TIME White House

Michelle Obama Bites Back at Critics of Her Healthy School Lunch Standards

Michelle Obama
First lady Michelle Obama joins a discussion with school leaders and experts surrounding school nutrition at an event Tuesday, May 27, 2014. Pablo Martinez Monsivais—AP

In one of the most political speeches she’s given, Michelle Obama accused House Republicans of “playing politics” with “our children’s future”

If Michelle Obama had it her way, House Republicans would currently be in detention.

In one of the most overtly political speeches during her tenure as First Lady, Obama slammed Republicans on Tuesday for trying to weaken school nutritional standards, one of her key policy achievements.

“This is unacceptable,” Obama said at a White House meeting with school leaders and experts. “It’s unacceptable to me not just as First Lady but also as a mother.

“The stakes couldn’t be higher on this issue,” she said, pointing to obesity statistics in both children and adults. “The last thing we can afford to so right now is play politics with our kids health.”

Early in her husband’s first term, Obama took on childhood obesity as one of her priorities, starting an initiative called Let’s Move to promote exercise. But without changes in diet, Obama said Tuesday, one in three children would become obese and one in three would develop diabetes. She became an early backer of the Healthy Hunger-Free Kids Act, which was signed into law in December 2010. The bill moved to strip soda and candy machines from schools and replace pizza and hamburgers with healthier alternatives like salad and fruit bars.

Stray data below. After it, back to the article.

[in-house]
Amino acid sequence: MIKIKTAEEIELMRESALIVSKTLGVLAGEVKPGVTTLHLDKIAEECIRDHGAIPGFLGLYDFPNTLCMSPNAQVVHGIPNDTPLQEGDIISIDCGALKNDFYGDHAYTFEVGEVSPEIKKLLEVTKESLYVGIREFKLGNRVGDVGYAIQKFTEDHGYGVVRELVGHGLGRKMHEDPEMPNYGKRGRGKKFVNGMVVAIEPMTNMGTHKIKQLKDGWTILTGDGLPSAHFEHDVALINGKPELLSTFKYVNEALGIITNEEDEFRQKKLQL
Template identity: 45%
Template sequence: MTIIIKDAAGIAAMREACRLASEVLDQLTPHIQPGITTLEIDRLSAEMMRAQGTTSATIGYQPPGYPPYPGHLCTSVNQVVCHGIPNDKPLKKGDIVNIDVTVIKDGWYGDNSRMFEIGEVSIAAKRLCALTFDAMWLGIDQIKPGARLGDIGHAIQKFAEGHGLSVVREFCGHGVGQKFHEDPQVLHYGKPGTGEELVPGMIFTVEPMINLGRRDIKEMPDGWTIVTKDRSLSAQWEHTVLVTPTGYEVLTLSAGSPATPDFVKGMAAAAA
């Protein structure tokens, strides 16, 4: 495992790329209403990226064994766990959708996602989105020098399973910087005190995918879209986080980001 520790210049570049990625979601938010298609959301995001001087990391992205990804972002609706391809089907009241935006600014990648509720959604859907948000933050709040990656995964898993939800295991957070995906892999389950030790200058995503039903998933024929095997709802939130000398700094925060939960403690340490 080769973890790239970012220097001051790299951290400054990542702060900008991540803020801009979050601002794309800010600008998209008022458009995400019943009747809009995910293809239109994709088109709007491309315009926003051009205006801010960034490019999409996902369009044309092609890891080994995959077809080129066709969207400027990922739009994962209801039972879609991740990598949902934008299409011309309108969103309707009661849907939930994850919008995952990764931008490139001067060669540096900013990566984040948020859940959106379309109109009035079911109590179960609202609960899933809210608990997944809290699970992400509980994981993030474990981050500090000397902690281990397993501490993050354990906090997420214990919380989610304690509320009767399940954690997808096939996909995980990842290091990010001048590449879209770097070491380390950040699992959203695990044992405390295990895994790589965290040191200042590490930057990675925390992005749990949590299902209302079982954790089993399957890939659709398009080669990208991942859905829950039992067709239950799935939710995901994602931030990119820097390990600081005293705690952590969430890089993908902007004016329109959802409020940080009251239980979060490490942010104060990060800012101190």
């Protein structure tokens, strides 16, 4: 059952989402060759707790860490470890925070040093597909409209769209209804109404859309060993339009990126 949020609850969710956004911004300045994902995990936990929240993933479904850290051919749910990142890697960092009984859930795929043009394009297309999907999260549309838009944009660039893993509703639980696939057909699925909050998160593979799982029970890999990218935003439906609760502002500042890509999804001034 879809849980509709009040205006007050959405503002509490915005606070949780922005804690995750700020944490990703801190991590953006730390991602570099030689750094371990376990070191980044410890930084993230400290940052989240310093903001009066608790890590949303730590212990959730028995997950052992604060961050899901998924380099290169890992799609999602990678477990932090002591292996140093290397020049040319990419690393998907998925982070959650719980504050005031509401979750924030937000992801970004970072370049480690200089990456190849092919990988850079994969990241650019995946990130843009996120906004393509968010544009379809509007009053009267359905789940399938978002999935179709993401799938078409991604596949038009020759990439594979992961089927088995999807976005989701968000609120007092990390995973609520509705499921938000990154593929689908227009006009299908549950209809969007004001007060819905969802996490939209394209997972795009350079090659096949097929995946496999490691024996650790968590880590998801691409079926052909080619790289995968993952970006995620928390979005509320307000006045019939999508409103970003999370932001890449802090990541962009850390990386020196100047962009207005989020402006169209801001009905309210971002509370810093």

Republicans on the House Appropriations Committee this month said they were weighing language to strip whole grain requirements and competitive food restrictions in their 2015 funding bill. The School Nutrition Association, which represents more than 55,000 school nutritionists across the country, is pushing to weaken the standards. “SNA celebrates every success,” SNA President Leah Schmidt said in a statement Tuesday, “but the Administration’s own data proves that student participation in school lunch is abruptly down in 48 states despite rising school enrollment and 30 years of steady program growth.”

Nearly one million fewer schoolchildren ate school-provided lunches daily between fiscal year 2012 and 2013 in the wake of the healthier standards, according to data from the U.S. Department of Agriculture. But most school systems saw a slight decrease when the changes were first instituted before a fairly quick rebound, Donna Martin, director of school nutrition at Burke County Public Schools in Georgia, told the White House meeting.

“In the South, do you think taking away fried chicken was going to be easy,” Martin said to laughs around the table. “But we replaced it with baked herb chicken and chips.” Martin said student caloric intake and health improved so much that the football coach credited the new menus for helping his team win the state championship.

Obama nodded in agreement. “We have to be willing to fight the hard fight now,” she said, asking people in the room for ideas about how to help struggling schools rather than allowing them to revert back to junk food and sodas. “Rolling things back is not the answer.”

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